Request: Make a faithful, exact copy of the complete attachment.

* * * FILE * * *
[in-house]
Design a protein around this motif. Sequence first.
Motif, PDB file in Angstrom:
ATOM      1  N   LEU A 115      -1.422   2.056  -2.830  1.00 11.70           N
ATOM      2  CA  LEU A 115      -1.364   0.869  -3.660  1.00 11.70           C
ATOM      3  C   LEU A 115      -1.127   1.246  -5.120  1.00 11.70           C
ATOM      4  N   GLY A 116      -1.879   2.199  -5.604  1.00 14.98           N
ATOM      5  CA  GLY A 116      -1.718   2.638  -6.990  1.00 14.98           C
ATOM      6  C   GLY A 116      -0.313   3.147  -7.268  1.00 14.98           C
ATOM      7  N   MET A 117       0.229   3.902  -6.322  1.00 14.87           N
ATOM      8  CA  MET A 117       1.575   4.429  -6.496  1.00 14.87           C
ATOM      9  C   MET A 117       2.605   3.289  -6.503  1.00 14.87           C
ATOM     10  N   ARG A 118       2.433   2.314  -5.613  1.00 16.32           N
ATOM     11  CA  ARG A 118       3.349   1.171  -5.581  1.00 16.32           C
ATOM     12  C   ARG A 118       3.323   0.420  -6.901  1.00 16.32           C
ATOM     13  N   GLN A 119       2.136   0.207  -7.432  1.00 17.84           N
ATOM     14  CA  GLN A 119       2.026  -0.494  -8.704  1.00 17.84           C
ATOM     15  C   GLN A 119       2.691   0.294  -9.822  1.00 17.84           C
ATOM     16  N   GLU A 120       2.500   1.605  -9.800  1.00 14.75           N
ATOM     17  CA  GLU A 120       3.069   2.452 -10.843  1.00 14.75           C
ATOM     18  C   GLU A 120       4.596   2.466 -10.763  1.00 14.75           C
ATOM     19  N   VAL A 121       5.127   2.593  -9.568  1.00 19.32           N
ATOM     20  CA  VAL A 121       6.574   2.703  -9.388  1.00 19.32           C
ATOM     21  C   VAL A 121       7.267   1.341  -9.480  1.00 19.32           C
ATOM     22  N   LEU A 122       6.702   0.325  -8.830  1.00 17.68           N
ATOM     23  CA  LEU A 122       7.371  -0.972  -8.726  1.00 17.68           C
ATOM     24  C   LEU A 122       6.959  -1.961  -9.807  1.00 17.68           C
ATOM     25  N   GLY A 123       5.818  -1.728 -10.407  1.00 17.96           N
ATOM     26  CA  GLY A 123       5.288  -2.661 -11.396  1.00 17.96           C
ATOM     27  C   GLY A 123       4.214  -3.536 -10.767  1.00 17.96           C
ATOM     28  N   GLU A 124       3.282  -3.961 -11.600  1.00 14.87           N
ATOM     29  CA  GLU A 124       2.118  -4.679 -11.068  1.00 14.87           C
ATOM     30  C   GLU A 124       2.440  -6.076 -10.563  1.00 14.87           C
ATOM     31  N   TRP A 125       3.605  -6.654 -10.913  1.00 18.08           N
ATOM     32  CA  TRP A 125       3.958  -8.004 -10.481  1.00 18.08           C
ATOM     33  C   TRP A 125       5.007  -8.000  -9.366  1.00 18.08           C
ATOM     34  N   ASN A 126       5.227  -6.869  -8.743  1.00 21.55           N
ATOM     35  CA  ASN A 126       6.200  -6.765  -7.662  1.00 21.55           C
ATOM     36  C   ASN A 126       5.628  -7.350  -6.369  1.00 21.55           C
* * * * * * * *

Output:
[in-house]
Design a protein around this motif. Sequence first.
Motif, PDB file in Angstrom:
ATOM      1  N   LEU A 115      -1.422   2.056  -2.830  1.00 11.70           N
ATOM      2  CA  LEU A 115      -1.364   0.869  -3.660  1.00 11.70           C
ATOM      3  C   LEU A 115      -1.127   1.246  -5.120  1.00 11.70           C
ATOM      4  N   GLY A 116      -1.879   2.199  -5.604  1.00 14.98           N
ATOM      5  CA  GLY A 116      -1.718   2.638  -6.990  1.00 14.98           C
ATOM      6  C   GLY A 116      -0.313   3.147  -7.268  1.00 14.98           C
ATOM      7  N   MET A 117       0.229   3.902  -6.322  1.00 14.87           N
ATOM      8  CA  MET A 117       1.575   4.429  -6.496  1.00 14.87           C
ATOM      9  C   MET A 117       2.605   3.289  -6.503  1.00 14.87           C
ATOM     10  N   ARG A 118       2.433   2.314  -5.613  1.00 16.32           N
ATOM     11  CA  ARG A 118       3.349   1.171  -5.581  1.00 16.32           C
ATOM     12  C   ARG A 118       3.323   0.420  -6.901  1.00 16.32           C
ATOM     13  N   GLN A 119       2.136   0.207  -7.432  1.00 17.84           N
ATOM     14  CA  GLN A 119       2.026  -0.494  -8.704  1.00 17.84           C
ATOM     15  C   GLN A 119       2.691   0.294  -9.822  1.00 17.84           C
ATOM     16  N   GLU A 120       2.500   1.605  -9.800  1.00 14.75           N
ATOM     17  CA  GLU A 120       3.069   2.452 -10.843  1.00 14.75           C
ATOM     18  C   GLU A 120       4.596   2.466 -10.763  1.00 14.75           C
ATOM     19  N   VAL A 121       5.127   2.593  -9.568  1.00 19.32           N
ATOM     20  CA  VAL A 121       6.574   2.703  -9.388  1.00 19.32           C
ATOM     21  C   VAL A 121       7.267   1.341  -9.480  1.00 19.32           C
ATOM     22  N   LEU A 122       6.702   0.325  -8.830  1.00 17.68           N
ATOM     23  CA  LEU A 122       7.371  -0.972  -8.726  1.00 17.68           C
ATOM     24  C   LEU A 122       6.959  -1.961  -9.807  1.00 17.68           C
ATOM     25  N   GLY A 123       5.818  -1.728 -10.407  1.00 17.96           N
ATOM     26  CA  GLY A 123       5.288  -2.661 -11.396  1.00 17.96           C
ATOM     27  C   GLY A 123       4.214  -3.536 -10.767  1.00 17.96           C
ATOM     28  N   GLU A 124       3.282  -3.961 -11.600  1.00 14.87           N
ATOM     29  CA  GLU A 124       2.118  -4.679 -11.068  1.00 14.87           C
ATOM     30  C   GLU A 124       2.440  -6.076 -10.563  1.00 14.87           C
ATOM     31  N   TRP A 125       3.605  -6.654 -10.913  1.00 18.08           N
ATOM     32  CA  TRP A 125       3.958  -8.004 -10.481  1.00 18.08           C
ATOM     33  C   TRP A 125       5.007  -8.000  -9.366  1.00 18.08           C
ATOM     34  N   ASN A 126       5.227  -6.869  -8.743  1.00 21.55           N
ATOM     35  CA  ASN A 126       6.200  -6.765  -7.662  1.00 21.55           C
ATOM     36  C   ASN A 126       5.628  -7.350  -6.369  1.00 21.55           C